§ Commander BELLAIRS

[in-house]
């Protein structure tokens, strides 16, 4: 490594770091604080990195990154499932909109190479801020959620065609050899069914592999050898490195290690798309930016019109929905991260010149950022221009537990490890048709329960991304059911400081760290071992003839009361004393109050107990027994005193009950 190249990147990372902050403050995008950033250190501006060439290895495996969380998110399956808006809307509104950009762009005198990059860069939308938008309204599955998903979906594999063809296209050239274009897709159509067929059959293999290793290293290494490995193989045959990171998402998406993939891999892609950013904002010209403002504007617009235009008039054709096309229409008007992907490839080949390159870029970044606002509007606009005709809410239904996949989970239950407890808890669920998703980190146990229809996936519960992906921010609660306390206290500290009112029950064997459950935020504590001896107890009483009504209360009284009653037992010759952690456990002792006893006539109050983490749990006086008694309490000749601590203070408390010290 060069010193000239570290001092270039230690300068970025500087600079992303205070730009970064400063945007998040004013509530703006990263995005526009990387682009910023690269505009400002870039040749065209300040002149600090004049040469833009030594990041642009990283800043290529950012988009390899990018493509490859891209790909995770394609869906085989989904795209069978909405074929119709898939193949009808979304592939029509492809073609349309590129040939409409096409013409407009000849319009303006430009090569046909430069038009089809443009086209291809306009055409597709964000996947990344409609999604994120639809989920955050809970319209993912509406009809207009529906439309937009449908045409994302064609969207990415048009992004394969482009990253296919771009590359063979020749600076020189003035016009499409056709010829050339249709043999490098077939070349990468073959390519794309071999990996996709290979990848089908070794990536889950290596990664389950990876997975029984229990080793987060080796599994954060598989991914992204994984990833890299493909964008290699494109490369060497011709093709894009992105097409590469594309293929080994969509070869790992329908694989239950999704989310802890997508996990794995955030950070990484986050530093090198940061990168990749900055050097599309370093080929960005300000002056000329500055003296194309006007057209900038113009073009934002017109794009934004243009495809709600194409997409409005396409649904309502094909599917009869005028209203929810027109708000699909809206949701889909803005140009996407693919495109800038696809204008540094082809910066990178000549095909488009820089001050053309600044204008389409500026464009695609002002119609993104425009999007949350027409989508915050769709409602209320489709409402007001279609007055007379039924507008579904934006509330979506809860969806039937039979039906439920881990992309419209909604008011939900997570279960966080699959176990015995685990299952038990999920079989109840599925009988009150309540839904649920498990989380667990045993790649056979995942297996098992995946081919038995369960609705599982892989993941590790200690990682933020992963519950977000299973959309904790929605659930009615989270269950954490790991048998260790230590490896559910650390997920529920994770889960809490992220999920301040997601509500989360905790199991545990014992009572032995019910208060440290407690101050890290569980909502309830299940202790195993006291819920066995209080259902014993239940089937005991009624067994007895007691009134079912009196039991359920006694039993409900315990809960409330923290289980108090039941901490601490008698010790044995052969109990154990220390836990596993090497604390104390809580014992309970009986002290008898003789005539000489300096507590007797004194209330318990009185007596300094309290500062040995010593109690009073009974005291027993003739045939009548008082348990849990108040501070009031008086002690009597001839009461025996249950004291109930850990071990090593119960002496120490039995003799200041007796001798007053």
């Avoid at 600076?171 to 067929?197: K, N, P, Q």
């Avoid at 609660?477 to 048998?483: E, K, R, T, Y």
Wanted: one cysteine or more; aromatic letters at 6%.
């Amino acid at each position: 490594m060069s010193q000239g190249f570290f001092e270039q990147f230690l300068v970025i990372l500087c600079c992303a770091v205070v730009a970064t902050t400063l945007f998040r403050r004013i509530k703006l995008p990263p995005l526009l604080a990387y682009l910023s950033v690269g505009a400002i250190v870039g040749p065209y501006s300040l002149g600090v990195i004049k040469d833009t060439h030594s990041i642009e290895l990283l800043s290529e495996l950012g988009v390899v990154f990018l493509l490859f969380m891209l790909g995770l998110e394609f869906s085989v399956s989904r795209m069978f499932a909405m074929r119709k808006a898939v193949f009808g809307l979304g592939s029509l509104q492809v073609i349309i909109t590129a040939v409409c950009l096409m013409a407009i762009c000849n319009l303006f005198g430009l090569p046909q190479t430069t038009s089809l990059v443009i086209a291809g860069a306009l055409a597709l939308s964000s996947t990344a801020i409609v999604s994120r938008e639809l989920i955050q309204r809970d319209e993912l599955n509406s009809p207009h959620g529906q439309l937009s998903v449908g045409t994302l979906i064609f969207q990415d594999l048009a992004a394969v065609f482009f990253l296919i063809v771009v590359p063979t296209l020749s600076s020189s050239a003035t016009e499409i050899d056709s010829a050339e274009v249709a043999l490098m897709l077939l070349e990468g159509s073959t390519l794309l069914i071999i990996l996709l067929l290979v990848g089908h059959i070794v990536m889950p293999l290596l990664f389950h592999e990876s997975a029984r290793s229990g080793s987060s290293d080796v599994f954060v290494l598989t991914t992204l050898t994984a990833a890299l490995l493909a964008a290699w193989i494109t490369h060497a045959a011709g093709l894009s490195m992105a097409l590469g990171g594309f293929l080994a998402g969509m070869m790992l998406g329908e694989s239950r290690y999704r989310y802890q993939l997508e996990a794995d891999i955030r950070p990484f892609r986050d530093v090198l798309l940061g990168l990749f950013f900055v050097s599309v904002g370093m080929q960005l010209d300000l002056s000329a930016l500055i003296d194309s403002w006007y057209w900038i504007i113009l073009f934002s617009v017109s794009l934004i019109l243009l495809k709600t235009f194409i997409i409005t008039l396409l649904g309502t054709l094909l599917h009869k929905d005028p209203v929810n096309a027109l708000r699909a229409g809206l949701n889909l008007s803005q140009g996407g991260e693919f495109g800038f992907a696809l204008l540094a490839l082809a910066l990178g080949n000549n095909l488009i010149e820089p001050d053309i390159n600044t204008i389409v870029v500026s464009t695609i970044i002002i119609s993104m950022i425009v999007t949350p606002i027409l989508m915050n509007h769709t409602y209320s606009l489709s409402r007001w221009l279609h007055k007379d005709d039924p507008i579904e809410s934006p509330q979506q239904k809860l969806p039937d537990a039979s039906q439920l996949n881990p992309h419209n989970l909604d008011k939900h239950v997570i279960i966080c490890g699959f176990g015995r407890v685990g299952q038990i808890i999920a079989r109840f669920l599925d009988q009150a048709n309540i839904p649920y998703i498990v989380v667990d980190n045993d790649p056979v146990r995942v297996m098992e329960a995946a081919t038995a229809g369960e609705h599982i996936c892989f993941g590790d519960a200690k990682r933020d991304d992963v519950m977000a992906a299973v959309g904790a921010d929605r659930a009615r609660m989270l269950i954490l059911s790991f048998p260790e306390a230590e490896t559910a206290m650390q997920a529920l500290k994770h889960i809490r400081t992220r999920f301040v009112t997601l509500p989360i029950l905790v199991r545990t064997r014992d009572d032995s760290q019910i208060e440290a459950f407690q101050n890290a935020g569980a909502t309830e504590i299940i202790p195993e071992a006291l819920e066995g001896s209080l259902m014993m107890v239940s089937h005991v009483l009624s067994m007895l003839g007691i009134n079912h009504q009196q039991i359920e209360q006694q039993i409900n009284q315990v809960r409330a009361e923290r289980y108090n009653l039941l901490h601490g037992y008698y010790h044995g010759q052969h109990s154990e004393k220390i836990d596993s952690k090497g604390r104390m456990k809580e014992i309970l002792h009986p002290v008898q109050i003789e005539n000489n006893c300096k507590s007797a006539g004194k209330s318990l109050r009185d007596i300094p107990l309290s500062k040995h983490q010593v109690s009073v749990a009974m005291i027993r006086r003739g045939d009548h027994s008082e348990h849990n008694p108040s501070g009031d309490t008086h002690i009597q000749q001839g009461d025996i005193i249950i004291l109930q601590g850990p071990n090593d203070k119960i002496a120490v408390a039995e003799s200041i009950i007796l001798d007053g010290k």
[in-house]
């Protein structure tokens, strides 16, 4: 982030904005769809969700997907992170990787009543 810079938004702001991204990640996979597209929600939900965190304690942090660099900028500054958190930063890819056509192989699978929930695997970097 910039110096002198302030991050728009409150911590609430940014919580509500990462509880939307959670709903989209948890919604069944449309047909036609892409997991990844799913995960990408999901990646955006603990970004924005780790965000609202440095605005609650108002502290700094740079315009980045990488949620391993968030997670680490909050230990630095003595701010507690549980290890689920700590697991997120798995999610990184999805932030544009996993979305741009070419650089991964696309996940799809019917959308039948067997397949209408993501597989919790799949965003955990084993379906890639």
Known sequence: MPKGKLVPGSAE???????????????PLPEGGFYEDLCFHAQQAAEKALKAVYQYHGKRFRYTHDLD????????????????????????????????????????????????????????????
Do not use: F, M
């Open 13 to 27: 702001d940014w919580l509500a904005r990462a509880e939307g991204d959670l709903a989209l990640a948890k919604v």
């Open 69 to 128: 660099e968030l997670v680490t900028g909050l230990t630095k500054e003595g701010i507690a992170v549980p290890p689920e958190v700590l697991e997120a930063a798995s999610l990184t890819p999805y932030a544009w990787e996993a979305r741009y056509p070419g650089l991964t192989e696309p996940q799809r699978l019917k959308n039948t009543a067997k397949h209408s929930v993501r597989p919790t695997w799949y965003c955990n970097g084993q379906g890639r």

Before I come to deal with the Bill, may I say how delighted the Navy is, and I anticipate the whole of the House, with the honour which has been given to Lord Charles Beresford, and how we shall miss him from our Debates on these occasions? We are fortunate that we shall have a very distinguished admiral joining in our Debates on naval questions in the future—Sir Hed-worth Meux. The question dealt with in this Bill is a very old question, and one which has become accentuated in recent years. It is an inverted repetition of what occurred in 1804, when the Navy had very considerable difficulty with the Army serving on board ship. I have fortified myself with a couple of extracts, showing how that difficulty arose. A number of Artillery officers—very junior officers— were shipped on board our ships under Nelson, and the Navy had very considerable difficulty in dealing with them, because they refused to be subjected to naval discipline, and it was a source of great trouble. What was true of the Navy is true of the Army, and if the Navy serves on shore it ought to be possible to put naval men under military discipline. Nelson on that occasion was so distressed at the trouble which arose with the Artillery officers on board ship that he wrote to Lord St. Vincent:—There is no real happiness in this world. With all content and smiles around me, up start these Artillery boys—I understand they are not beyond that age—and set us all at defiance, speaking in the most disrespectful manner of the Navy and its commanders, etc. With your quickness, the matter would have been settled, and perhaps some of them broke. I am, perhaps, more patient, but I do assure you not less resolved, if my plan of conciliation is not attended to. You and I are on the eve of quitting the theatre of our exploits, but we owe it to our successors, never, whilst we have a tongue to speak, or a hand to write, to allow the Navy to be in the smallest degree injured in its discipline by our conduct.The difficulty, Nelson proceeded to point out in other letters, was that you had two sets of discipline on board ship, and you could not have two captains in the same ship, and the same thing is bound to occur on shore. He said, in writing to Lord Melville:—It requires not the gift of prescience to assert, if soldiers embarked in ships of war are not, as heretofore, left subject to the Act of Parliament for the government of His Majesty's ships, vessels, and forces by sea,…that the Navy, which we have all heretofore looked up to, will be ruined. The absolute power must remain; there cannot be two commanders in one ship, nor two sets of laws to regulate the conduct of those embarked in the same bottom.1792 The Bill is a very short one, and I do not think anybody can discover any hidden dangers in it. They will not be able to discover the work of that mythical personage, Lord Northcliffe, nor will they be able to discover that anything but mythical personage who is the Minister of Munitions. It is simply to rectify what the Navy and the Army acknowledge to be an evil. I am glad the Financial Secretary said there had been no cases of indiscipline among the naval forces, seeing that the naval forces have worked alongside the military men without raising the question which the Artillery raised when they were on board ship in 1804. Still, I think both the Navy and the Army would like these forces to be subjected to military discipline when on shore. What the Parliamentary Secretary to the Admirralty said is perfectly true. You have great delays due to courts-martial. There are large bodies of men at the Crystal Palace. If there be an offence against discipline, the offender and the whole of the witnesses have to be brought to a naval port and two ships of war have to be present for a trial by court-martial. That, of course, means great difficulty, and it is far better to have the thing adjudicated on the spot as promptly as possible, so long as at least twenty-four hours are given for anger to cool, and therefore to get lighter punishment. As a matter of fact, under military discipline the men will get lighter punishment because naval discipline at sea, where you are always in the presence of danger, involves heavier punishment. I hope the Bill will pass rapidly.